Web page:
The Chronicles: Learning Web Development at Bitmaker Labs (Week 5)
We covered a few more Rails testing essentials on Monday morning before spending the rest of the day working on our SeatYourself (clone of OpenTable) app.
Unit tests, functional tests, feature tests
There are three different types of testing in Rails:
- Unit tests, which test to ensure our models (data) are working and are associated correctly,
- Functional tests, which test our controllers and the methods inside them to make sure the small cogs in the large Rails machine are working correctly, and
- Feature tests, which do things like fill out forms and click submit or login buttons for us to make sure they’re working for the user.
Why testing is important
Writing software tests saves developers time in the development process — this seems like the most obvious reason to me why we would spend a bunch of time writing out tests to do check that models, controllers, and features are working correctly. It is tiresome and time-consuming to fill out every form on your site every time you change a bit of code, and tests can automate this. Testing is also important for checking functionality that is not visible to the user but could prevent a program (or the entire app from working). Finally, Rails has a built-in testing directory (ActiveSupport::Test Case which inherits from MiniTest, the Ruby testing language) to help us write tests, and we should do what Rails suggests because it is almost always right.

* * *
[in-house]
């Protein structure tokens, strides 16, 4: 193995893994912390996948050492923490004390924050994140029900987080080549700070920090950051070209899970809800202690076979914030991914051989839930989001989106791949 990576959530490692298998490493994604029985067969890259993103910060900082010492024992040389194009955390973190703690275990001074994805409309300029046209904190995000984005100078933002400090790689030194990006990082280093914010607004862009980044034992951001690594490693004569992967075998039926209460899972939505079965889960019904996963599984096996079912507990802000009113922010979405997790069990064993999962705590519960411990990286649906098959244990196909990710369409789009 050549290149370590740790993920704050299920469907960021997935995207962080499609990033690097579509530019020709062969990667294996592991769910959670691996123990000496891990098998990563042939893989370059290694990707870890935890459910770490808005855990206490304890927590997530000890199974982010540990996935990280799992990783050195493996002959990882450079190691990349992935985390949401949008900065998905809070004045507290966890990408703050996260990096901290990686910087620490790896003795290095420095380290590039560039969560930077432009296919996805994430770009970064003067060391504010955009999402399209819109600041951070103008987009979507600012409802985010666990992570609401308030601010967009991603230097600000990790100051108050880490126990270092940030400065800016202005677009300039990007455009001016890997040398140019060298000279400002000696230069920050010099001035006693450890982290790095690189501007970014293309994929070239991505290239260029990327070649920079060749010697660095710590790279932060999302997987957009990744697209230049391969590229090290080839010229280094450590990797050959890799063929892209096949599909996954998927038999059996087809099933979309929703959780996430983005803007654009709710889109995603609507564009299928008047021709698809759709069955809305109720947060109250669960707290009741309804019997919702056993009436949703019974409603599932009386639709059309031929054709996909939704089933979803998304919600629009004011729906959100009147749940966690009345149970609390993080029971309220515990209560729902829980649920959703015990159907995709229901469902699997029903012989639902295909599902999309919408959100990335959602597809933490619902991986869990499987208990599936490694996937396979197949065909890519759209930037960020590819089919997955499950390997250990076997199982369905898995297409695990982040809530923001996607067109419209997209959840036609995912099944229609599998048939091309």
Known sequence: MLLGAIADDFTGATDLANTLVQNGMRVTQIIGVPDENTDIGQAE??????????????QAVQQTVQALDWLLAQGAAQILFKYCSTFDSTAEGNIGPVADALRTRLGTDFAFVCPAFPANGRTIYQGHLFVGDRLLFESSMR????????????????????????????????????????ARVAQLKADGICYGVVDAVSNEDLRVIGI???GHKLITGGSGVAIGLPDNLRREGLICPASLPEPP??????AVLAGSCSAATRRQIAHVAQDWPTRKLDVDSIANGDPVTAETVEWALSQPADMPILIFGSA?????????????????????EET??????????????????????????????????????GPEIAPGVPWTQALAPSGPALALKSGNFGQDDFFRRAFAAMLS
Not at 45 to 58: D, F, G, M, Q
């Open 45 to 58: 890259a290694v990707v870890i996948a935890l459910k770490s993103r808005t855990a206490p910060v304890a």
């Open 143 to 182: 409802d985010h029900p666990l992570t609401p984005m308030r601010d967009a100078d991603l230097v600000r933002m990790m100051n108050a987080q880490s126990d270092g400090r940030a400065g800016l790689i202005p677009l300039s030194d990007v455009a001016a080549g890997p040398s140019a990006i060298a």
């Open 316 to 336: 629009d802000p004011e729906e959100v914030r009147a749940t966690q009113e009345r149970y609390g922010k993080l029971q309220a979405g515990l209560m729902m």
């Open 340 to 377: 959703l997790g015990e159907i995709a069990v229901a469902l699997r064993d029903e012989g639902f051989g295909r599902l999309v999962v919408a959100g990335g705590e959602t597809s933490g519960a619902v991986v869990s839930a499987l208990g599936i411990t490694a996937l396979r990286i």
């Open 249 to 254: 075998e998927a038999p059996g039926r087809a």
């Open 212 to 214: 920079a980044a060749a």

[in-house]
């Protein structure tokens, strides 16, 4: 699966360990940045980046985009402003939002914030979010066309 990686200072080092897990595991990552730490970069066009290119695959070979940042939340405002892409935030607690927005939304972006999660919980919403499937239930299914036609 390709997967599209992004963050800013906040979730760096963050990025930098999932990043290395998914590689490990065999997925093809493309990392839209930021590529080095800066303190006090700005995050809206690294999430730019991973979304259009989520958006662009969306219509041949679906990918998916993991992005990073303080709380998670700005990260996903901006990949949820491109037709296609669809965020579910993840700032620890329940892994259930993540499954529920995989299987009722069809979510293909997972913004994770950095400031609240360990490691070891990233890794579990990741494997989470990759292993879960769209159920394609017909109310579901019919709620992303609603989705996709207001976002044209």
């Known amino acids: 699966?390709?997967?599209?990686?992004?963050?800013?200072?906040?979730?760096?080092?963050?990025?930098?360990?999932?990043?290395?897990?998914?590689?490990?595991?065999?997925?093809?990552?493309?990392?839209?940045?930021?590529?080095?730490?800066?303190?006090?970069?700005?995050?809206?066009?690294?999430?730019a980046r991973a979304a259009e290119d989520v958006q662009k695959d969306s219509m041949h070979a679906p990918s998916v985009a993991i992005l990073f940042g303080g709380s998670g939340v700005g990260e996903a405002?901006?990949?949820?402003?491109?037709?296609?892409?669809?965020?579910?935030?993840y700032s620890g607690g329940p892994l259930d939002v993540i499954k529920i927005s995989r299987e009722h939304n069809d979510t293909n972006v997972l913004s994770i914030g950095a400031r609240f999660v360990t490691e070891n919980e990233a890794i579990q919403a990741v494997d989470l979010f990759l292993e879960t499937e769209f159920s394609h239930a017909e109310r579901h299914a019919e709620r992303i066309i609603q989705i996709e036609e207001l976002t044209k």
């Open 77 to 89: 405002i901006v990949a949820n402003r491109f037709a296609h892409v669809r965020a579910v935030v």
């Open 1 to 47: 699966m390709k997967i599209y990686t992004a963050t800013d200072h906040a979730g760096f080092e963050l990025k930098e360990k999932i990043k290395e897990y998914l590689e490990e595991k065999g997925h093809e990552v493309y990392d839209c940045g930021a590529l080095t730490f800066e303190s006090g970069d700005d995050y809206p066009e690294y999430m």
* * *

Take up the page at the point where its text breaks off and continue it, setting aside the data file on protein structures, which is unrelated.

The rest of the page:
So, as tiresome as it might seem to some at first, testing is a pretty vital part of development and you should learn it early and practice it often.
This is a fun concept whose name pretty much describes what it is. Test-driven development basically means writing a small test for each functionality and feature in your app, running that test (which will fail), building that functionality or feature, and running the test again (which will pass this time). I watched one of our instructors build out part of the SeatYourself app this way and it seems really tiresome and difficult… but I can understand why someone would build something this way. I just won’t be for a while.
A few things to remember
- Semicolons EVERYWHERE after you’re finished an idea — except at the end of function definitions and if/else statements — or else the JS interpreter will add them for you and you’ll get weird bugs
- Always use “var” when creating a new variable (unless you want it to have the scope of all your JS code)
- We name functions, methods, variables, and objects in camel case, with a lowercase first letter (like this: myFirstFunction).
- There are five kinds of data types in JS: number (1, 2, 3, 4…) , string (“Oh HAI”, boolean (true or false), undefined (the absence of a value), and null (value that is explicitly not a value).
… could be written with jQuery like this:
We continued with jQuery on Friday and learned about closures and animations. Did you know that you can tell your computer to do this:
… and it does this?
I didn’t! But I’m so excited to put some of this to work next week. There is a lot to internalize this weekend.
Until week 6.